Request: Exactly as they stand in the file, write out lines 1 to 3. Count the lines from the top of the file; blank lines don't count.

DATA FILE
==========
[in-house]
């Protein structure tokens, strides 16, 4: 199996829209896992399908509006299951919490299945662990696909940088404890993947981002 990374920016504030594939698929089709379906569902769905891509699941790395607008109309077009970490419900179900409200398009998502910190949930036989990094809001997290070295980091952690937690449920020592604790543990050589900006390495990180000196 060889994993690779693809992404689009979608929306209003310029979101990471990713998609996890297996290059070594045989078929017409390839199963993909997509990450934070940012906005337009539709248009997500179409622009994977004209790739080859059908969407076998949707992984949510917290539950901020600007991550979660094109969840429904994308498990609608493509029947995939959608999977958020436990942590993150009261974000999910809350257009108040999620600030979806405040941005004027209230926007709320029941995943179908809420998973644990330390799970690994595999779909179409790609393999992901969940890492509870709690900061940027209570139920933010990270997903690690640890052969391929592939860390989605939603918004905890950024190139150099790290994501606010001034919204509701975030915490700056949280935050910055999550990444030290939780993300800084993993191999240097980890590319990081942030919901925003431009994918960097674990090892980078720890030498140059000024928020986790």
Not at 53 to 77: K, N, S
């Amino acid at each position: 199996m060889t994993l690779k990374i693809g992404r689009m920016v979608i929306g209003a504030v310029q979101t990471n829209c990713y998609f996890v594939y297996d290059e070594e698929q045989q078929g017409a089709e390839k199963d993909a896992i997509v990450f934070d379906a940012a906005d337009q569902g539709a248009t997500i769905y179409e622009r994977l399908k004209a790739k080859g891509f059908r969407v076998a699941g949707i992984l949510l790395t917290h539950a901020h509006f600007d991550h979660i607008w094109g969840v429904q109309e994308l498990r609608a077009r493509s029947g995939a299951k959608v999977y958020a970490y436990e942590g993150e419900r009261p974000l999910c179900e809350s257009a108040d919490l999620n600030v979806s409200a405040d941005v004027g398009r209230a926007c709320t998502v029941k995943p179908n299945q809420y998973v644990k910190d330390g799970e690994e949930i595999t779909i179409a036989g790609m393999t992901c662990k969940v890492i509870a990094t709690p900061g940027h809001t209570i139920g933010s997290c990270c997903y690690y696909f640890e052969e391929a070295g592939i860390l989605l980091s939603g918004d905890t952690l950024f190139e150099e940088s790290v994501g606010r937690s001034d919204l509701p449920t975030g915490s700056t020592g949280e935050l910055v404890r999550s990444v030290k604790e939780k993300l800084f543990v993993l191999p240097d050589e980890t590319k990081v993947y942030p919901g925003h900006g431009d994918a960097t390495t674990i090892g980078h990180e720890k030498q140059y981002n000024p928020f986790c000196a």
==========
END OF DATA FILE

[in-house]
């Protein structure tokens, strides 16, 4: 199996829209896992399908509006299951919490299945662990696909940088404890993947981002 990374920016504030594939698929089709379906569902769905891509699941790395607008109309077009970490419900179900409200398009998502910190949930036989990094809001997290070295980091952690937690449920020592604790543990050589900006390495990180000196 060889994993690779693809992404689009979608929306209003310029979101990471990713998609996890297996290059070594045989078929017409390839199963993909997509990450934070940012906005337009539709248009997500179409622009994977004209790739080859059908969407076998949707992984949510917290539950901020600007991550979660094109969840429904994308498990609608493509029947995939959608999977958020436990942590993150009261974000999910809350257009108040999620600030979806405040941005004027209230926007709320029941995943179908809420998973644990330390799970690994595999779909179409790609393999992901969940890492509870709690900061940027209570139920933010990270997903690690640890052969391929592939860390989605939603918004905890950024190139150099790290994501606010001034919204509701975030915490700056949280935050910055999550990444030290939780993300800084993993191999240097980890590319990081942030919901925003431009994918960097674990090892980078720890030498140059000024928020986790």
Not at 53 to 77: K, N, S